Organic pipfruit research goes holistic
13 May, 2002
Organic produce - it may or may not taste better, it may or may not be better nutritionally but HortResearch has made a commitment to increase and broaden research into organic pipfruit production.
According to HortResearch scientist Jim Walker, current organic pipfruit production in New Zealand is not sustainable for the future.
“Current practices see yields declining in certain varieties,” said Dr Walker.
After a long hard look at organics HortResearch scientists have made a commitment to develop a more holistic approach to fruit production and this could provide answers for sustainable organics. The area dedicated to organic fruit production research at the HortResearch Hawke’s Bay site will be significantly increased this spring.
One focus will be gaining a better understanding of organic management on the performance of conventional varieties and promising new selections with natural resistance to diseases. Alternative rootstocks will be assessed to overcome the loss of vigour seen in some conventional cultivars under organic management.
Weed control can be difficult under organics, especially when developing new organic plantings. Trials will look at various ways of weed management to find the most practical methods to manage the understory in new established organic orchards.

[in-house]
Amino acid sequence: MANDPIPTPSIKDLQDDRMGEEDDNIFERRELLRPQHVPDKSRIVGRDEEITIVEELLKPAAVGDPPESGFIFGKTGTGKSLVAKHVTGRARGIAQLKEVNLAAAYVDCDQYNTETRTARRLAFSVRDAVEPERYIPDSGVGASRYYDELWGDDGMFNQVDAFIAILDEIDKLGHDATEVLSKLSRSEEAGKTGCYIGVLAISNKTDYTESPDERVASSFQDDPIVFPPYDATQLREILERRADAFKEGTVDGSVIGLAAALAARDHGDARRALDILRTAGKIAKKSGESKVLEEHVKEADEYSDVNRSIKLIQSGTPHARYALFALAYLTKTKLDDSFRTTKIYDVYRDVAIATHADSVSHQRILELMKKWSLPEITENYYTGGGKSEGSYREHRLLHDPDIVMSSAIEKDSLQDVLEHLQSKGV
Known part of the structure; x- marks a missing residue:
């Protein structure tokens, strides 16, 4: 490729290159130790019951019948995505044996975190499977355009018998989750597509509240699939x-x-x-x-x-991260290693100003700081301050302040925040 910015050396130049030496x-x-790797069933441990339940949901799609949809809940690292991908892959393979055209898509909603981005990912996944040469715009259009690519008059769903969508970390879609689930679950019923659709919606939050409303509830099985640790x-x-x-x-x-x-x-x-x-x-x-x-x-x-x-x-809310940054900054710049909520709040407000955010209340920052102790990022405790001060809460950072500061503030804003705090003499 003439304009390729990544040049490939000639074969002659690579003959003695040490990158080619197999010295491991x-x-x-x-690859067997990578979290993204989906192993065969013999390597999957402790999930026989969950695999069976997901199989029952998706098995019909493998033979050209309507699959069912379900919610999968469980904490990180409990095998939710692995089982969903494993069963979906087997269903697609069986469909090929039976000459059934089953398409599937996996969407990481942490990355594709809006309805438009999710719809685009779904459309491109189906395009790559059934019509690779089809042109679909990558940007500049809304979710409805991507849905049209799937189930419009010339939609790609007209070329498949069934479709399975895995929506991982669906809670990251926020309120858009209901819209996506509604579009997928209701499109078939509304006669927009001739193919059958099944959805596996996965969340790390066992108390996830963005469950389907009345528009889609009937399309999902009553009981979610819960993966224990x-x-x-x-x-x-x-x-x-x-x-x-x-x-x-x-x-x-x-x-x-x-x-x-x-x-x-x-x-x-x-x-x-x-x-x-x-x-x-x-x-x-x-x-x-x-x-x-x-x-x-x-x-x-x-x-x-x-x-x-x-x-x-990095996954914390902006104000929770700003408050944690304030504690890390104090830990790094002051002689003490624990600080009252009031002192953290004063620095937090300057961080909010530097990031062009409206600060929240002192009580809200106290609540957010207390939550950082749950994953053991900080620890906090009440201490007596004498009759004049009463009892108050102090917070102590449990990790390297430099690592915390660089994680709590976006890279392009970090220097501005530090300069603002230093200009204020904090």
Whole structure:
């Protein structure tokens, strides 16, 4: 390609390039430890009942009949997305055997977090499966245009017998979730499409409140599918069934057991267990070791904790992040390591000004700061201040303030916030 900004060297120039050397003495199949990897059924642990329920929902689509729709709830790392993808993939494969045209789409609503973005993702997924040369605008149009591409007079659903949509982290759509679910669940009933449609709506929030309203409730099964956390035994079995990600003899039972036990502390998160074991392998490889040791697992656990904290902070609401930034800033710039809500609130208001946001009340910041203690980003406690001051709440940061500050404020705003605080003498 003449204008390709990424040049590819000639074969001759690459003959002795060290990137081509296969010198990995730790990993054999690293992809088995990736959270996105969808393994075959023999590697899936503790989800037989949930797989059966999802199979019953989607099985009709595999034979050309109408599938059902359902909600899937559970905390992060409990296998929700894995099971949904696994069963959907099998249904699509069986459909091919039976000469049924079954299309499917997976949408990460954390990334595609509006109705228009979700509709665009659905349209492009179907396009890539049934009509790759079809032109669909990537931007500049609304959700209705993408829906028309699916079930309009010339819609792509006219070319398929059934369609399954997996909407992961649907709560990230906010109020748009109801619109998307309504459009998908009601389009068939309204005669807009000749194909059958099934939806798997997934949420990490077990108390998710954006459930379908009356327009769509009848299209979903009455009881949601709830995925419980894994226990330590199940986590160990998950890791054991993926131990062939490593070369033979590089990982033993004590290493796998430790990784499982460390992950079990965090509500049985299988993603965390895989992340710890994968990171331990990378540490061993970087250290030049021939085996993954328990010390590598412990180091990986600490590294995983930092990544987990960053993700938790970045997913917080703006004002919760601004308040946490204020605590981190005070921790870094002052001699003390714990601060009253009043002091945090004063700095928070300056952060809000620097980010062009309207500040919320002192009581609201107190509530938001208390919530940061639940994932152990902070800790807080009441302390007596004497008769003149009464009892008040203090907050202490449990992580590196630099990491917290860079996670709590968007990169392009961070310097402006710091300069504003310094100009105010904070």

To help with the trials a new piece of equipment, a tillage device, has been developed to evaluate a European concept in organic weed management called the ‘sandwich system’. . This confines understory vegetation to a very narrow strip in the tree line while lightly cultivating the balance of the under-tree zone and replaces the need for herbicide use.
The holistic approach includes the nutritional levels, alternative rootstocks, blackspot and mildew resistant varieties, soil management and how all these impact on tree growth and performance, yield and fruit quality. There will be a particular focus on orchard ecology, using flowering plant species in diversified understory plantings to optimise the role of beneficial insects and soil microbial activity.
“What we are doing is developing a more broadly integrated approach and thinking beyond the crop protection issues,” said Dr Walker. We have identified that through this approach to organic management more may be achieved than the single ‘reductionist’ scientific approach.
“As organic production becomes more mainstream we have to come up with better ways to manage the orchards using all the disciplines.
“We have been working with organics since the early 1980s, but it has been the last few years when the market was demanding organics that it has finally taken off,” said Dr Walker.
For example codling moth mating disruption was developed and was a technology largely sitting on the shelf until grower interest developed in organic apple production. It is now the basis for successful organic pest management.
Dr Walker said researchers initially looked at organics from a pest management angle, then disease management, and the key tools in use now have come from those areas. But now a broadly based focus was essential for continued and sustainable growth in organic fruit production.